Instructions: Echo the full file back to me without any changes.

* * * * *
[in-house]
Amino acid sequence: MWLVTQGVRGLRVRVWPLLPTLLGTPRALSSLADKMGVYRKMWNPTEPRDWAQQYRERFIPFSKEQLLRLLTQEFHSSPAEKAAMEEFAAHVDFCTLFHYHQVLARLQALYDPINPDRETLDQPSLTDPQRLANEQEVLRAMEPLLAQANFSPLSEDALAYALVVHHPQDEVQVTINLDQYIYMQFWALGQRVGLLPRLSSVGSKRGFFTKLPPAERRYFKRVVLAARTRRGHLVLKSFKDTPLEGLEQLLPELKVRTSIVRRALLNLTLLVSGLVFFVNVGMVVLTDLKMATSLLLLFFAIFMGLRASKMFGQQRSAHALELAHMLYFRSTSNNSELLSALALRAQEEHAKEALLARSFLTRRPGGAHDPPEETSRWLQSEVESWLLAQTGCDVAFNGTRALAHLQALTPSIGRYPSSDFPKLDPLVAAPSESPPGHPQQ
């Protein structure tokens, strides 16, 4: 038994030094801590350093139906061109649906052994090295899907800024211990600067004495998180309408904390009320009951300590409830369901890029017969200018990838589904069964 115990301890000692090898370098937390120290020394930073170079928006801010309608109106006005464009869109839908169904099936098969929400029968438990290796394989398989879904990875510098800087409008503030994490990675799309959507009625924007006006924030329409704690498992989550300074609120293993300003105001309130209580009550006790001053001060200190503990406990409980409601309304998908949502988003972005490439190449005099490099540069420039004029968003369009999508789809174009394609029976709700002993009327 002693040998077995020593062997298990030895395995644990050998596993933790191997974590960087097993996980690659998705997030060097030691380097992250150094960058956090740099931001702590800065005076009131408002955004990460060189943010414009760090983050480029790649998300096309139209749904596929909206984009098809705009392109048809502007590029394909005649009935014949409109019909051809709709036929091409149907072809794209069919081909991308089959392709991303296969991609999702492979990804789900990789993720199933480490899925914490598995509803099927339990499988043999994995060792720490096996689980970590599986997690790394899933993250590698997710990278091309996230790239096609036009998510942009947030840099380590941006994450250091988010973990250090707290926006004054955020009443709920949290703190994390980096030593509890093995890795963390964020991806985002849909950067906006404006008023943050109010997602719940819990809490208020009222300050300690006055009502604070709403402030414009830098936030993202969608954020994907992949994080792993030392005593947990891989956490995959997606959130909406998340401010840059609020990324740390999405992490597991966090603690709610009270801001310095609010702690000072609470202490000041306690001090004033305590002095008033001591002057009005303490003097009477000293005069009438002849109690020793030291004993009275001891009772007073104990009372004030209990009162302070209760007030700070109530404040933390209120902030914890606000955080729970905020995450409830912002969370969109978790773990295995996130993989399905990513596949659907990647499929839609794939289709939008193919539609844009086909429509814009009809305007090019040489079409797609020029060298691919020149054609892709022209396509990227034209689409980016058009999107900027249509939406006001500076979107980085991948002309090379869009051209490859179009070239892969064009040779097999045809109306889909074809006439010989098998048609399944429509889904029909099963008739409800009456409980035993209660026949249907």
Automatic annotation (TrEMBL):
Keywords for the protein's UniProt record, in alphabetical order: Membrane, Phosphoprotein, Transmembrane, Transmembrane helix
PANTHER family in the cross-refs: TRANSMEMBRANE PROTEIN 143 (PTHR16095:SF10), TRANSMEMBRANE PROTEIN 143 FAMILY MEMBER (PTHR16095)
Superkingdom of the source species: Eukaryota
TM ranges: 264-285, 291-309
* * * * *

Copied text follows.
[in-house]
Amino acid sequence: MWLVTQGVRGLRVRVWPLLPTLLGTPRALSSLADKMGVYRKMWNPTEPRDWAQQYRERFIPFSKEQLLRLLTQEFHSSPAEKAAMEEFAAHVDFCTLFHYHQVLARLQALYDPINPDRETLDQPSLTDPQRLANEQEVLRAMEPLLAQANFSPLSEDALAYALVVHHPQDEVQVTINLDQYIYMQFWALGQRVGLLPRLSSVGSKRGFFTKLPPAERRYFKRVVLAARTRRGHLVLKSFKDTPLEGLEQLLPELKVRTSIVRRALLNLTLLVSGLVFFVNVGMVVLTDLKMATSLLLLFFAIFMGLRASKMFGQQRSAHALELAHMLYFRSTSNNSELLSALALRAQEEHAKEALLARSFLTRRPGGAHDPPEETSRWLQSEVESWLLAQTGCDVAFNGTRALAHLQALTPSIGRYPSSDFPKLDPLVAAPSESPPGHPQQ
């Protein structure tokens, strides 16, 4: 038994030094801590350093139906061109649906052994090295899907800024211990600067004495998180309408904390009320009951300590409830369901890029017969200018990838589904069964 115990301890000692090898370098937390120290020394930073170079928006801010309608109106006005464009869109839908169904099936098969929400029968438990290796394989398989879904990875510098800087409008503030994490990675799309959507009625924007006006924030329409704690498992989550300074609120293993300003105001309130209580009550006790001053001060200190503990406990409980409601309304998908949502988003972005490439190449005099490099540069420039004029968003369009999508789809174009394609029976709700002993009327 002693040998077995020593062997298990030895395995644990050998596993933790191997974590960087097993996980690659998705997030060097030691380097992250150094960058956090740099931001702590800065005076009131408002955004990460060189943010414009760090983050480029790649998300096309139209749904596929909206984009098809705009392109048809502007590029394909005649009935014949409109019909051809709709036929091409149907072809794209069919081909991308089959392709991303296969991609999702492979990804789900990789993720199933480490899925914490598995509803099927339990499988043999994995060792720490096996689980970590599986997690790394899933993250590698997710990278091309996230790239096609036009998510942009947030840099380590941006994450250091988010973990250090707290926006004054955020009443709920949290703190994390980096030593509890093995890795963390964020991806985002849909950067906006404006008023943050109010997602719940819990809490208020009222300050300690006055009502604070709403402030414009830098936030993202969608954020994907992949994080792993030392005593947990891989956490995959997606959130909406998340401010840059609020990324740390999405992490597991966090603690709610009270801001310095609010702690000072609470202490000041306690001090004033305590002095008033001591002057009005303490003097009477000293005069009438002849109690020793030291004993009275001891009772007073104990009372004030209990009162302070209760007030700070109530404040933390209120902030914890606000955080729970905020995450409830912002969370969109978790773990295995996130993989399905990513596949659907990647499929839609794939289709939008193919539609844009086909429509814009009809305007090019040489079409797609020029060298691919020149054609892709022209396509990227034209689409980016058009999107900027249509939406006001500076979107980085991948002309090379869009051209490859179009070239892969064009040779097999045809109306889909074809006439010989098998048609399944429509889904029909099963008739409800009456409980035993209660026949249907």
Automatic annotation (TrEMBL):
Keywords for the protein's UniProt record, in alphabetical order: Membrane, Phosphoprotein, Transmembrane, Transmembrane helix
PANTHER family in the cross-refs: TRANSMEMBRANE PROTEIN 143 (PTHR16095:SF10), TRANSMEMBRANE PROTEIN 143 FAMILY MEMBER (PTHR16095)
Superkingdom of the source species: Eukaryota
TM ranges: 264-285, 291-309